Freedom, or fairness?

You never know what story or what issue will inflame the passions of large groups of people. In the past weeks, David Green, the CEO and founder of Hobby Lobby, expressed a heartfelt epiphany of the dangers of tyranny and the loss of freedoms and liberty.

Kevin Clark is a contributor to The Brenner Brief. Twitter @kcstock

Kevin Clark is a contributor to The Brenner Brief. Twitter @kcstock

On December 14, the country was stunned as a crazed gunman brutally murder children and teachers at Sandy Hook Elementary School. In an attempt by Hollywood stars and political opportunists to bring about the most wide-ranging gun control laws in our nation’s history, this tragedy is being used to push their agenda.

These stories have ignited intuitive moral issues that people throughout the political spectrum are feeling and expressing righteous indignation over, with very different conclusions being drawn.

Is this a question of freedom and liberty? Is this a question of moral crisis? Is this a prophetic glimpse of what’s to come for our democracy? Why should a fiscal cliff settlement, an economic issue, play into a national debate on freedom and liberty?

Consider the following paragraph:

Taxation in National Socialist Germany was sharply “progressive,” with those of higher income paying proportionately more than those in the lower-income brackets. Between 1934 and 1938, the average tax rate on incomes of more than 100,000 marks rose from 37.4 percent to 38.2 percent. In 1938,  Germans in the lowest tax brackets were 49 percent of the population and had 14 percent of the national income, but paid only 4.7 percent of the tax burden. Those in the highest income category, who were just one percent of the population but with 21 percent of the income, paid 45 percent of the tax burden”.

~ D. Schoenbaum, Hitler’s Social Revolution (1980), pp. 148, 149.

In Germany, from 1930-39 the diabolical and demented leaders of a great and productive people used social, cultural and economic engineering to bring about a façade of prosperity. They diminished — in extraordinary ways — the basic concepts of freedom and liberty, eroding the human dignity of millions of honorable people. History reveals the daily struggles of nations and people, exposing the actual results of thoughts and actions.

I recommend the book In the Garden of Beasts by best-selling author Erik Larson. His book reveals, in great detail, the pedestrian nature of the German economy and the birth of the Third Reich’s influence.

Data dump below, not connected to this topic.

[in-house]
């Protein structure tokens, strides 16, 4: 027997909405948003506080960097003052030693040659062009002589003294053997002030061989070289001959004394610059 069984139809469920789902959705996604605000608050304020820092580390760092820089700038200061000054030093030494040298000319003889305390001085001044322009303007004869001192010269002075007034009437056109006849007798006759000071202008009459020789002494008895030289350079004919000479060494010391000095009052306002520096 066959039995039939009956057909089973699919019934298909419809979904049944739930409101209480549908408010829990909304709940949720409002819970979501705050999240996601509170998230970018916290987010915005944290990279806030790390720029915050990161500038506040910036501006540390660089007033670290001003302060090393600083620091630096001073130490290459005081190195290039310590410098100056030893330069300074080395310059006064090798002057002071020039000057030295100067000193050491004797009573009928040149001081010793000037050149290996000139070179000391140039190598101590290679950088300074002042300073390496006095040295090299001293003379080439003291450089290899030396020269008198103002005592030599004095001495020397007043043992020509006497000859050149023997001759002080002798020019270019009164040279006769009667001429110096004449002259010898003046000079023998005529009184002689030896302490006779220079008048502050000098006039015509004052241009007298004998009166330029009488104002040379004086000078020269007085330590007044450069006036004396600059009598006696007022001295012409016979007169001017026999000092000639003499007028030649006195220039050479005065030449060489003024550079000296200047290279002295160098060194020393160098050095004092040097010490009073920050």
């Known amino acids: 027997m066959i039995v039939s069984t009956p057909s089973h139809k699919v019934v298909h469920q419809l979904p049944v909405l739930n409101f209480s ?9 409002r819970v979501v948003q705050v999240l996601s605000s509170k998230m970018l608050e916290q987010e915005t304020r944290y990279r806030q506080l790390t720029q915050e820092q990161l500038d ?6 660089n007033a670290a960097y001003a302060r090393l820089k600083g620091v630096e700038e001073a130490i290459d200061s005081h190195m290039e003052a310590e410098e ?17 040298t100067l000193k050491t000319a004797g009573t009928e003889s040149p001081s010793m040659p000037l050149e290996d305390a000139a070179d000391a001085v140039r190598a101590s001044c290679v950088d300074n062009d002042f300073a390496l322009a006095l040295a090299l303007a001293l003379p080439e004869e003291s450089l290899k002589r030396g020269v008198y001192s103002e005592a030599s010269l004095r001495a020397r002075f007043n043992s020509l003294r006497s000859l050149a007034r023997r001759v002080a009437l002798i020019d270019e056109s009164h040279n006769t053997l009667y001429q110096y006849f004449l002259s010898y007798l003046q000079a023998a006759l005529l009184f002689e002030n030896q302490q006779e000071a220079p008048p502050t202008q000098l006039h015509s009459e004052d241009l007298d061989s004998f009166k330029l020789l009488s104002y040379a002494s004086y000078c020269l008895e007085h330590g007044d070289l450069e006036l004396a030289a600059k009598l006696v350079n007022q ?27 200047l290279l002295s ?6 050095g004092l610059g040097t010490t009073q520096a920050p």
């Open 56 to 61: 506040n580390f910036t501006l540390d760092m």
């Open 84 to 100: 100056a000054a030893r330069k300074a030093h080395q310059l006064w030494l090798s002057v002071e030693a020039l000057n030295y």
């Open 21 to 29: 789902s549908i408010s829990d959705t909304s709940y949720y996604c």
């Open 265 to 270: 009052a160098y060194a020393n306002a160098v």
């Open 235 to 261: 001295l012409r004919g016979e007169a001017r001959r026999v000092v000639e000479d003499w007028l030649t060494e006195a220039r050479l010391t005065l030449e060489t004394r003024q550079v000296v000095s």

We have begun to pick ourselves up and dust ourselves off … I’m pleased with the progress we’ve made, but I’m not satisfied. I’m confident in the future, but I’m not content with the present.

These are familiar words and slogans, phrases heard throughout history, when in times of crisis nations reach inflection points where bold corrections are needed and political action becomes the blunt force instrument to accomplish that goal. These words seem to be ripped off the front pages of our own daily newspapers, but they are not words by a German leader. They are words from President Obama, quotes from his first 100 days in office tour.

I am bullish on America. I am confident we will learn from the hard lessons of history and chart a course for future generations to prosper. However, I’m not naive; the German economy of the 1930s had flourished under the heavy hand of the Third Reich, but the cost to their nation, and indeed the world, was a nightmare of morality and a dark moment in world history.

In periods of economic depression or financial crisis, most people are looking to rewind the tape and regain the life they once had. These moments test the national character of free people, as the road to recovery is scared with individual stories of loss.

History has shown the great mistakes of economic recovery have been sown with the seeds of class warfare and the division of national purpose.

David Green’s letter is touching the soul of conservatives, but it is not enough. Until the nation at large embraces a future with a firm foundation of freedom, rather than fairness, the average American will be susceptible to the seduction of the beasts in our own gardens. Through freedom, there will be fairness, but fairness without freedom is the recipe for decline.

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Comments

  1. Excellent points . Am reminded of Obama’s staff using crisis as means to an advantage. Citizens should be reminded often to safeguard their rights.

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